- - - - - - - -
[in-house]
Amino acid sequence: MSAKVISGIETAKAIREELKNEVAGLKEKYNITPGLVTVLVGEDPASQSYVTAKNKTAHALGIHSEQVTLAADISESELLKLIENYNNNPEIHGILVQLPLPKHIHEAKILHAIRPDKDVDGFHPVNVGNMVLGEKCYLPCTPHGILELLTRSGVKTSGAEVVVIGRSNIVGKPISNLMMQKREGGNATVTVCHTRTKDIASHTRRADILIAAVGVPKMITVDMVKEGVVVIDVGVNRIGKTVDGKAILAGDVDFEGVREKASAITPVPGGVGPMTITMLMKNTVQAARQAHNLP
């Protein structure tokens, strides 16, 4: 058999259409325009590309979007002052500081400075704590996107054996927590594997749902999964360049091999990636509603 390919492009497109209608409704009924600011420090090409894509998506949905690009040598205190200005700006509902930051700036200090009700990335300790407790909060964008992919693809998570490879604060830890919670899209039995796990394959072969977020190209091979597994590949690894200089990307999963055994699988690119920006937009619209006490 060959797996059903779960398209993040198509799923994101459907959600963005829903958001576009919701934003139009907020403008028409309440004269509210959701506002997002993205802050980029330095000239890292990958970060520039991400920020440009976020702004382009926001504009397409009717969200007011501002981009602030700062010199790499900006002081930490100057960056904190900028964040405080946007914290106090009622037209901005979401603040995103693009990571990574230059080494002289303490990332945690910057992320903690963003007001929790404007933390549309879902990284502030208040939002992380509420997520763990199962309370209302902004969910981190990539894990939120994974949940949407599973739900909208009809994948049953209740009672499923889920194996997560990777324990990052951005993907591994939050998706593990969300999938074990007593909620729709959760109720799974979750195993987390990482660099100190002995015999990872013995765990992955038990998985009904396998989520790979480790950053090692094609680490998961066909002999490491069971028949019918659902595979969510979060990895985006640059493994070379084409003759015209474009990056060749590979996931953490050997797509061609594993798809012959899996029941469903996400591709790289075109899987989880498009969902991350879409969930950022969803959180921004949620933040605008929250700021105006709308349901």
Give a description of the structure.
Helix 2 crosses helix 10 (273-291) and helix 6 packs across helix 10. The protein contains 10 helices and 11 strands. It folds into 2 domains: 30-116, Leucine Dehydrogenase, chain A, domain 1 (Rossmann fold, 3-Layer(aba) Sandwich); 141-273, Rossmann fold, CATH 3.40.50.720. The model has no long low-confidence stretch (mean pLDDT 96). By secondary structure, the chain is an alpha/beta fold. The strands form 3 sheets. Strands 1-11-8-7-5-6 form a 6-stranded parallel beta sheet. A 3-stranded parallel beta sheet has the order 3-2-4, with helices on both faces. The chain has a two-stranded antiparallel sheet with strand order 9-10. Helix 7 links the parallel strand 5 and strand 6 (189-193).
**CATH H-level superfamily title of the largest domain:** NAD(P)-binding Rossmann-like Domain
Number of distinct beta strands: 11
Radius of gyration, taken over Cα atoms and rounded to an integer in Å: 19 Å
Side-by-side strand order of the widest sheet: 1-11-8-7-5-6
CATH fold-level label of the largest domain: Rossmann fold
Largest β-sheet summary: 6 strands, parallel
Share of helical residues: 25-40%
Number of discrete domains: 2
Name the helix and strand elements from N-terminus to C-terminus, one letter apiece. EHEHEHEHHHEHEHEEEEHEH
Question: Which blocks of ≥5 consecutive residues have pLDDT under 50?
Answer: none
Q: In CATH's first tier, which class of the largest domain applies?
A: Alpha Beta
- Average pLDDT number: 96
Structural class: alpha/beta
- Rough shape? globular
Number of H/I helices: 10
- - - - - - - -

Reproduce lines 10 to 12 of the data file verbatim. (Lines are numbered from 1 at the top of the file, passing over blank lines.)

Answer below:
CATH fold-level label of the largest domain: Rossmann fold
Largest β-sheet summary: 6 strands, parallel
Share of helical residues: 25-40%